Short-term steps for Glenavon’s long-term gains

Glenavon player/manager Gary Hamilton celebrates with his team-mates during Saturday's dramatic 3-2 victory over Cliftonville. Pic by Brian Bain.
Glenavon player/manager Gary Hamilton celebrates with his team-mates during Saturday's dramatic 3-2 victory over Cliftonville. Pic by Brian Bain.

Glenavon’s combination of team spirit and skill produced two dramatic fightbacks in four days - thanks to a winning formula developed over four years.

A midweek draw at Ballymena United despite facing a 3-0 deficit was followed up on Saturday with a last-gasp defeat of Cliftonville.

The Danske Bank Premiership dates served up double thrills for the fans and set supporters on an emotional roller-coaster that player/manager Gary Hamilton has been developing since day one in the Mourneview Park hot-seat.

“It is a quality within the squad and one which has been evident on a number of occasions,” said Hamilton. “That mix of talent and will-to-win can prove really strong but it comes over time and down to a lot of homework by a list of contacts we really trust.

“When I was appointed manager back in 2011 I wanted to build up that spirit across the group and part of the thinking behind experienced signings like Winkie Murphy and David Rainey came from that need to inject something into the squad.

“We managed to sign some real leaders who could come in on a short-term basis and bring something to the club that eventually rubbed off on the younger players coming up, with now someone like Rhys Marshall having that will-to-win helped by what he saw in the past.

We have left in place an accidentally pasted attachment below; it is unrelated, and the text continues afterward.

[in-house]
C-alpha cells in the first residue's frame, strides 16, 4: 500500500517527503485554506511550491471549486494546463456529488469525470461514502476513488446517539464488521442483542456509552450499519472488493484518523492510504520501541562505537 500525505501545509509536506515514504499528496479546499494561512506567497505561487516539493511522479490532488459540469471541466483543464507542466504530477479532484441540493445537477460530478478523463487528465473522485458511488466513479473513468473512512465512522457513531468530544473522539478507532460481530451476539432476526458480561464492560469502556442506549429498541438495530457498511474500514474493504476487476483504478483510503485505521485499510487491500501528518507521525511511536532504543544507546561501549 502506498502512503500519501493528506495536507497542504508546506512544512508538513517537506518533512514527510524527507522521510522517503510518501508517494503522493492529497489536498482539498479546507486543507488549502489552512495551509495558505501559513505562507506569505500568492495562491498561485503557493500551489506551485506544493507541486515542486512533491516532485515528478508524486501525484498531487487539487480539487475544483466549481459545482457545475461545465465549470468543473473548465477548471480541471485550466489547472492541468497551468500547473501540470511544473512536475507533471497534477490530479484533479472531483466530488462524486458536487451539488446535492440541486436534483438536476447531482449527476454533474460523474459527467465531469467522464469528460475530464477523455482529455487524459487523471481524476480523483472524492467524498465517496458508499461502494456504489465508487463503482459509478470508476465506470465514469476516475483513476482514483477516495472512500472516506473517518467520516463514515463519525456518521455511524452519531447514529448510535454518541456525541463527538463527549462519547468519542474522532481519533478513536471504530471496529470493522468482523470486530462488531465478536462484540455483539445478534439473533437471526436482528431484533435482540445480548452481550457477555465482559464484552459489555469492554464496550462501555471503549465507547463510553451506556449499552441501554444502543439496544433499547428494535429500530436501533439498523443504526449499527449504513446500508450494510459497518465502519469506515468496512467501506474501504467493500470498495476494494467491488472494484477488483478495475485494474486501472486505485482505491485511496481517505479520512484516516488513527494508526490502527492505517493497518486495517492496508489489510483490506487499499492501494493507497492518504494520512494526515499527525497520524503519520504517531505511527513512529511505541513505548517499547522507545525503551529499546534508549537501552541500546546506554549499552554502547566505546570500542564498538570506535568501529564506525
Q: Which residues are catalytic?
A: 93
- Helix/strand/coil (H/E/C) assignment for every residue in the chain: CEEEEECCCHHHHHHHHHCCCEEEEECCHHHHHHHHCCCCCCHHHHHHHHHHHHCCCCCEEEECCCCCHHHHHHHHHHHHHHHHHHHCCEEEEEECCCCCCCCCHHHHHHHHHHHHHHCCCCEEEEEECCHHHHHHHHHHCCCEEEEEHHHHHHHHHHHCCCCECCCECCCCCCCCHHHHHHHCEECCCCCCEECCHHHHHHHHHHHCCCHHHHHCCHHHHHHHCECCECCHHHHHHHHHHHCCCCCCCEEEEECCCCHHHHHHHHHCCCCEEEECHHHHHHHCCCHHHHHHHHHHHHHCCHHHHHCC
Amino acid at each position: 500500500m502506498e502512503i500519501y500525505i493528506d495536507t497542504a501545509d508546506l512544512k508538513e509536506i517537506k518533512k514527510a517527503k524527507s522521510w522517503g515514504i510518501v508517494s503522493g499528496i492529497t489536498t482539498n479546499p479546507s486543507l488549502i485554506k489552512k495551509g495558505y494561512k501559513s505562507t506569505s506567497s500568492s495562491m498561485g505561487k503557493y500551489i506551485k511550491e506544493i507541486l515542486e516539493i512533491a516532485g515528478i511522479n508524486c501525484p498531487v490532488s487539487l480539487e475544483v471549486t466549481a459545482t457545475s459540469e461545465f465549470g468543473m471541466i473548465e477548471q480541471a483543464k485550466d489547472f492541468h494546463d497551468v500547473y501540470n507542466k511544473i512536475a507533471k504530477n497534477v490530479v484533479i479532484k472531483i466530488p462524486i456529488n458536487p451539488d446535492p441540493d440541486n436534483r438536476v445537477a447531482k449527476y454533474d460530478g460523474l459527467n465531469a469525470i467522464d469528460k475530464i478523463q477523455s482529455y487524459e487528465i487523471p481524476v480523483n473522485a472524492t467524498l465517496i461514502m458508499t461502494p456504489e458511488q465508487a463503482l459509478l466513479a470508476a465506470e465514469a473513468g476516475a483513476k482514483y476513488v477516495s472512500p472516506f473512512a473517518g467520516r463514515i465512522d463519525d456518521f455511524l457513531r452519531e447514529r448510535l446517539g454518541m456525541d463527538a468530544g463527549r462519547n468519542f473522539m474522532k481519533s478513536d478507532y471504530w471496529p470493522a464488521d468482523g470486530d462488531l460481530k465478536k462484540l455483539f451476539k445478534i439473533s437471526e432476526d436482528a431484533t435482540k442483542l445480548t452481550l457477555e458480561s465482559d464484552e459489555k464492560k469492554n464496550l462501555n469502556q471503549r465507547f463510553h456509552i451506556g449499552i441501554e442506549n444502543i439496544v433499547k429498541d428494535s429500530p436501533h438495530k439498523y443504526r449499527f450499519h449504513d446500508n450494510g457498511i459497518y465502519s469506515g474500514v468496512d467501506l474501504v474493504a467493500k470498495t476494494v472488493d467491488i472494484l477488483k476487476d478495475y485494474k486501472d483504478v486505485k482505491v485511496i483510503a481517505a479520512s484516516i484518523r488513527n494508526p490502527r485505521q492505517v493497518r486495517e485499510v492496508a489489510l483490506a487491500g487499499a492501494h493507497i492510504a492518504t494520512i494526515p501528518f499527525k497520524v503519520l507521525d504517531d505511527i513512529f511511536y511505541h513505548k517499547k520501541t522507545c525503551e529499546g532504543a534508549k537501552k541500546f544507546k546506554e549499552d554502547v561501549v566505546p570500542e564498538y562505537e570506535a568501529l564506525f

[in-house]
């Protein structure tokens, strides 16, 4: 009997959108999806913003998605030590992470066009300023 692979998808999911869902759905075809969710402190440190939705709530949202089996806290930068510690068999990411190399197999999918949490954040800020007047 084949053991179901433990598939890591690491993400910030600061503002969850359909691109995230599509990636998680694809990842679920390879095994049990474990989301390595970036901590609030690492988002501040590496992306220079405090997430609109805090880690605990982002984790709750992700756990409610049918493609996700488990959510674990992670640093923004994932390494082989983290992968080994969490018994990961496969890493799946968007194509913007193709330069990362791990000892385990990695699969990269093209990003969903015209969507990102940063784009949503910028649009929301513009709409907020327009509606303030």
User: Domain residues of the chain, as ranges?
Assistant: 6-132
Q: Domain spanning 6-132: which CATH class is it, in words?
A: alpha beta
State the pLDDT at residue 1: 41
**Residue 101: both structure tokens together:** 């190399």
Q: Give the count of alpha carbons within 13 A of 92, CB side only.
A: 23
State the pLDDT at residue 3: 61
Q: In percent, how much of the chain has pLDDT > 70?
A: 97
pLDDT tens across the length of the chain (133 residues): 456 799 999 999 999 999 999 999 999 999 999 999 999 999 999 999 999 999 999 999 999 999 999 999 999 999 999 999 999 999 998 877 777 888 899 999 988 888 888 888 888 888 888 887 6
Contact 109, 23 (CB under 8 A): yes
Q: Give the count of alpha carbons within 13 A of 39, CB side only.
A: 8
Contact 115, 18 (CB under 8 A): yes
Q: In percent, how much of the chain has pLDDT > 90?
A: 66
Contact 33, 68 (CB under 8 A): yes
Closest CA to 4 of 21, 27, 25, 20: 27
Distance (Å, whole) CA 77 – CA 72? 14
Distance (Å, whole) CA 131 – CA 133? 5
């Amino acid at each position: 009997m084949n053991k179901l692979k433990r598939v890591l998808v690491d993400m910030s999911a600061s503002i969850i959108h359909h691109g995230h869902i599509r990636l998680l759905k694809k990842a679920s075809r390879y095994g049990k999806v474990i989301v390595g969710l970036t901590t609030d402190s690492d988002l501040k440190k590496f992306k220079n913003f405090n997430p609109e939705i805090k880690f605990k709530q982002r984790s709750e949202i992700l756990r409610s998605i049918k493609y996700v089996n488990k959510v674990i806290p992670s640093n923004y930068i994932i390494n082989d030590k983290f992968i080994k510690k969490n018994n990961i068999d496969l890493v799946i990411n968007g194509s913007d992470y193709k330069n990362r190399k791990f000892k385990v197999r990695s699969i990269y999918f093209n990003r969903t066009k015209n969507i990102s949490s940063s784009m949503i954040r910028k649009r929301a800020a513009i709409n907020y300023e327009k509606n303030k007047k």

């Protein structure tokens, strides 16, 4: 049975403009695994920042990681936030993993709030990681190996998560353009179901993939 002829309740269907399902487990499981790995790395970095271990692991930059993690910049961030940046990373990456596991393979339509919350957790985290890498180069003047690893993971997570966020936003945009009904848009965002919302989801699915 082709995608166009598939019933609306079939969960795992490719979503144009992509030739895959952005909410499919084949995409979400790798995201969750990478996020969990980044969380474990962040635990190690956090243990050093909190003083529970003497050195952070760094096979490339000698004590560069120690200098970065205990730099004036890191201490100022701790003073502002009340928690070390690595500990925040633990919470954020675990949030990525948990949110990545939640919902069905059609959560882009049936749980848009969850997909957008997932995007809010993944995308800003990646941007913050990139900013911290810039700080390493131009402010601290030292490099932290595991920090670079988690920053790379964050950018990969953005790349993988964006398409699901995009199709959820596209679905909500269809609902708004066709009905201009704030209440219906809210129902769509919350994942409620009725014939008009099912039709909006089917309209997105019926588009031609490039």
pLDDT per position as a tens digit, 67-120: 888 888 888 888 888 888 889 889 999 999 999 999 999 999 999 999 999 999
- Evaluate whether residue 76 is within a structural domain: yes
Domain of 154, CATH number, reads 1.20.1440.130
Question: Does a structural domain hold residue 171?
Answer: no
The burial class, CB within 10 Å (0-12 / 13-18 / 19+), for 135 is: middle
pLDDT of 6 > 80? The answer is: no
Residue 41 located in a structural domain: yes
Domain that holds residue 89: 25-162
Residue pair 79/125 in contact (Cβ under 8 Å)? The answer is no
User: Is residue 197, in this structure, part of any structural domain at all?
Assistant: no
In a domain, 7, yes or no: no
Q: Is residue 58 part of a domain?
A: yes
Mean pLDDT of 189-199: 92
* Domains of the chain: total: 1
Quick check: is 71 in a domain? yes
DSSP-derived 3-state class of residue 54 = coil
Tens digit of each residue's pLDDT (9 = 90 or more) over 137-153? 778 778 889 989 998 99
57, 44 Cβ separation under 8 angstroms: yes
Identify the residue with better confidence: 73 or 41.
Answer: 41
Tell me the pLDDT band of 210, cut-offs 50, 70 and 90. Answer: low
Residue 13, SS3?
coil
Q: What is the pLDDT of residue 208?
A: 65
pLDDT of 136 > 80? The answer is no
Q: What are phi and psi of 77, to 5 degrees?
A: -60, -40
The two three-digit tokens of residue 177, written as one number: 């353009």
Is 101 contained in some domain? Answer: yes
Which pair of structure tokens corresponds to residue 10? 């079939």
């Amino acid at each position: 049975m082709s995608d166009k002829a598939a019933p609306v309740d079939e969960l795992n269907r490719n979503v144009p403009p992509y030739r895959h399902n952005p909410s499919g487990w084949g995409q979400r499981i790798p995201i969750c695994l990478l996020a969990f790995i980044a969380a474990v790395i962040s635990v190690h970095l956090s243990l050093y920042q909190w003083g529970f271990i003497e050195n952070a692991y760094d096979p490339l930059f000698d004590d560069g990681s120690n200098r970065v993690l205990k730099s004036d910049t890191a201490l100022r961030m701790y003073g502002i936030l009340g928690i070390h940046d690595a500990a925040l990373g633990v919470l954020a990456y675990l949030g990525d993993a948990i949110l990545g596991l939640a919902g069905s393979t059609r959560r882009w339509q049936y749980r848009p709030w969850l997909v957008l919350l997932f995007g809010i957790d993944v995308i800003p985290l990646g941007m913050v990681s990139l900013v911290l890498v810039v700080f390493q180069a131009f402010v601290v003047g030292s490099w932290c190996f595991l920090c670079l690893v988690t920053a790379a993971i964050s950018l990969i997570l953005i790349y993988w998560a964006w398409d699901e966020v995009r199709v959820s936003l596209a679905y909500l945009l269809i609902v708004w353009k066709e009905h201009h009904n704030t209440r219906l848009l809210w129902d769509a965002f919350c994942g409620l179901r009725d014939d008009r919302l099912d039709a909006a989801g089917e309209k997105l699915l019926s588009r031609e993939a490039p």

“Mark Farren was a massive part of that plan and probably a catalyst as the first elite-level signing who came to the club with his profile at a really high point.

“It comes down to scouting, using contacts and looking beyond ability to make the final call.

“Our final judgement comes from a face-to-face chat with the player and often we have changed our minds on a deal based on that meeting.

“You want to get as many players in the squad as possible with a winning mentality and positive attitude.

“It all feeds into itself then as a winning mentality can lead to silverware like the Irish Cup, which then gives the group a taste of success and helps keep everyone hungry.”

Although Hamilton finished frustrated - despite the draw - by the majority of his side’s performance against Ballymena, he was quick to highlight the weekend match as a forward step.

“We struggled over the first half at least in the both of the opening two games with Carrick and Ballymena,” said Hamilton. “However, on Saturday we got back to more of a complete team performance.

“We showed a lot of character to keep pushing at 2-2 and got the reward but it was the whole display that left me most pleased.”